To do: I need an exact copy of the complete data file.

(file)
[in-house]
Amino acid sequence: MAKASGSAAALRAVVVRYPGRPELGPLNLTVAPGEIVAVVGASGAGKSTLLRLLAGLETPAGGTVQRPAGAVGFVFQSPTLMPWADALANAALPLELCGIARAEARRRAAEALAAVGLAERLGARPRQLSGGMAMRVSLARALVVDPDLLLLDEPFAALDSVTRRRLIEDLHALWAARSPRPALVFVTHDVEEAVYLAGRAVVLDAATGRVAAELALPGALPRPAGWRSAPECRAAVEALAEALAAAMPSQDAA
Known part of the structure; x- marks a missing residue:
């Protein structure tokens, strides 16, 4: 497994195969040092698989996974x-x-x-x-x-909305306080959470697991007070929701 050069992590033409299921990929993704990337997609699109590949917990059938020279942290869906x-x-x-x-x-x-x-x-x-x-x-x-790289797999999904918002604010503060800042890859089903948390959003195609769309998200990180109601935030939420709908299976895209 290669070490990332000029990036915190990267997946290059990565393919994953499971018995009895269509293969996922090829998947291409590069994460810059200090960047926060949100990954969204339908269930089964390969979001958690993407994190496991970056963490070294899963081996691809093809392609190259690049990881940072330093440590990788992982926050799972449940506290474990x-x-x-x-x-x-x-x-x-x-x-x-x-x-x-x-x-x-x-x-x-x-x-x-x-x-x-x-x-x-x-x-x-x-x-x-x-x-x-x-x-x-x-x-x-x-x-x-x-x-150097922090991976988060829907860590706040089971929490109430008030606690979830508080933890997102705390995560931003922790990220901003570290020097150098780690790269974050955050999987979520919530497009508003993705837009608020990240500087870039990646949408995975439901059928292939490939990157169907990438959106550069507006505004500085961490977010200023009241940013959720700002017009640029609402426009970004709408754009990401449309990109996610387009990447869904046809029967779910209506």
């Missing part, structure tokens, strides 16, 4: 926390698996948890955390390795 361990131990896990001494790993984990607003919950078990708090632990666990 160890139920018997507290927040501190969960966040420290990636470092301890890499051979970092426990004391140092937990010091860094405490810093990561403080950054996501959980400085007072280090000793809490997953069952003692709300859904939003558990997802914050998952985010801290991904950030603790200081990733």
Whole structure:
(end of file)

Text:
[in-house]
Amino acid sequence: MAKASGSAAALRAVVVRYPGRPELGPLNLTVAPGEIVAVVGASGAGKSTLLRLLAGLETPAGGTVQRPAGAVGFVFQSPTLMPWADALANAALPLELCGIARAEARRRAAEALAAVGLAERLGARPRQLSGGMAMRVSLARALVVDPDLLLLDEPFAALDSVTRRRLIEDLHALWAARSPRPALVFVTHDVEEAVYLAGRAVVLDAATGRVAAELALPGALPRPAGWRSAPECRAAVEALAEALAAAMPSQDAA
Known part of the structure; x- marks a missing residue:
């Protein structure tokens, strides 16, 4: 497994195969040092698989996974x-x-x-x-x-909305306080959470697991007070929701 050069992590033409299921990929993704990337997609699109590949917990059938020279942290869906x-x-x-x-x-x-x-x-x-x-x-x-790289797999999904918002604010503060800042890859089903948390959003195609769309998200990180109601935030939420709908299976895209 290669070490990332000029990036915190990267997946290059990565393919994953499971018995009895269509293969996922090829998947291409590069994460810059200090960047926060949100990954969204339908269930089964390969979001958690993407994190496991970056963490070294899963081996691809093809392609190259690049990881940072330093440590990788992982926050799972449940506290474990x-x-x-x-x-x-x-x-x-x-x-x-x-x-x-x-x-x-x-x-x-x-x-x-x-x-x-x-x-x-x-x-x-x-x-x-x-x-x-x-x-x-x-x-x-x-x-x-x-x-150097922090991976988060829907860590706040089971929490109430008030606690979830508080933890997102705390995560931003922790990220901003570290020097150098780690790269974050955050999987979520919530497009508003993705837009608020990240500087870039990646949408995975439901059928292939490939990157169907990438959106550069507006505004500085961490977010200023009241940013959720700002017009640029609402426009970004709408754009990401449309990109996610387009990447869904046809029967779910209506």
């Missing part, structure tokens, strides 16, 4: 926390698996948890955390390795 361990131990896990001494790993984990607003919950078990708090632990666990 160890139920018997507290927040501190969960966040420290990636470092301890890499051979970092426990004391140092937990010091860094405490810093990561403080950054996501959980400085007072280090000793809490997953069952003692709300859904939003558990997802914050998952985010801290991904950030603790200081990733």
Whole structure: